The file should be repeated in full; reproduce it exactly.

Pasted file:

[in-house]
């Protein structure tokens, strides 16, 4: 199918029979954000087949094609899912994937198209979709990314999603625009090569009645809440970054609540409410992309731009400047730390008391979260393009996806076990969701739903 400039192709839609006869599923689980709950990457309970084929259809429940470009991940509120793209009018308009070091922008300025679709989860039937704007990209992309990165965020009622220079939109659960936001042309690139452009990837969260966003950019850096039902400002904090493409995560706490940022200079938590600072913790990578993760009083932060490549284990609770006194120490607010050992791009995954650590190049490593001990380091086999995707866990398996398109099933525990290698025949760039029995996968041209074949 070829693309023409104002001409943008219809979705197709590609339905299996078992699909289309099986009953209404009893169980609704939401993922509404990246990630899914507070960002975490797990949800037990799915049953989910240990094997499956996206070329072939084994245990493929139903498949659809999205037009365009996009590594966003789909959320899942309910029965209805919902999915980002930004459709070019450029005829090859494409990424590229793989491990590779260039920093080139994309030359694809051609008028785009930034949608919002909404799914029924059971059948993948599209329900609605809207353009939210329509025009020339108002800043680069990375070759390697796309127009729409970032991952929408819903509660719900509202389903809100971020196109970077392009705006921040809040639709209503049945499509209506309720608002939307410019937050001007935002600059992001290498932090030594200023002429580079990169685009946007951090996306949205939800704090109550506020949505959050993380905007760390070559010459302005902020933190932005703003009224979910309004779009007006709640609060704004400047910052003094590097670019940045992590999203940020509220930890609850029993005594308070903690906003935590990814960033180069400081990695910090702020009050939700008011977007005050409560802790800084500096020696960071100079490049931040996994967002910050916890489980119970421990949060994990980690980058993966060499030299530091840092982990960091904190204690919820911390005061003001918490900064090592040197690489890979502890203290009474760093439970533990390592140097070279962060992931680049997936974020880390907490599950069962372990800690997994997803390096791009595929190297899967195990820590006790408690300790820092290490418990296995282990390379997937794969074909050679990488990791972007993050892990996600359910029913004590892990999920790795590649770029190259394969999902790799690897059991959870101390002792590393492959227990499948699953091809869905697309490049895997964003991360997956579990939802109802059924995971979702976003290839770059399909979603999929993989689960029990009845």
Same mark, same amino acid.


[in-house]
């Protein structure tokens, strides 16, 4: 199918029979954000087949094609899912994937198209979709990314999603625009090569009645809440970054609540409410992309731009400047730390008391979260393009996806076990969701739903 400039192709839609006869599923689980709950990457309970084929259809429940470009991940509120793209009018308009070091922008300025679709989860039937704007990209992309990165965020009622220079939109659960936001042309690139452009990837969260966003950019850096039902400002904090493409995560706490940022200079938590600072913790990578993760009083932060490549284990609770006194120490607010050992791009995954650590190049490593001990380091086999995707866990398996398109099933525990290698025949760039029995996968041209074949 070829693309023409104002001409943008219809979705197709590609339905299996078992699909289309099986009953209404009893169980609704939401993922509404990246990630899914507070960002975490797990949800037990799915049953989910240990094997499956996206070329072939084994245990493929139903498949659809999205037009365009996009590594966003789909959320899942309910029965209805919902999915980002930004459709070019450029005829090859494409990424590229793989491990590779260039920093080139994309030359694809051609008028785009930034949608919002909404799914029924059971059948993948599209329900609605809207353009939210329509025009020339108002800043680069990375070759390697796309127009729409970032991952929408819903509660719900509202389903809100971020196109970077392009705006921040809040639709209503049945499509209506309720608002939307410019937050001007935002600059992001290498932090030594200023002429580079990169685009946007951090996306949205939800704090109550506020949505959050993380905007760390070559010459302005902020933190932005703003009224979910309004779009007006709640609060704004400047910052003094590097670019940045992590999203940020509220930890609850029993005594308070903690906003935590990814960033180069400081990695910090702020009050939700008011977007005050409560802790800084500096020696960071100079490049931040996994967002910050916890489980119970421990949060994990980690980058993966060499030299530091840092982990960091904190204690919820911390005061003001918490900064090592040197690489890979502890203290009474760093439970533990390592140097070279962060992931680049997936974020880390907490599950069962372990800690997994997803390096791009595929190297899967195990820590006790408690300790820092290490418990296995282990390379997937794969074909050679990488990791972007993050892990996600359910029913004590892990999920790795590649770029190259394969999902790799690897059991959870101390002792590393492959227990499948699953091809869905697309490049895997964003991360997956579990939802109802059924995971979702976003290839770059399909979603999929993989689960029990009845």
Same mark, same amino acid.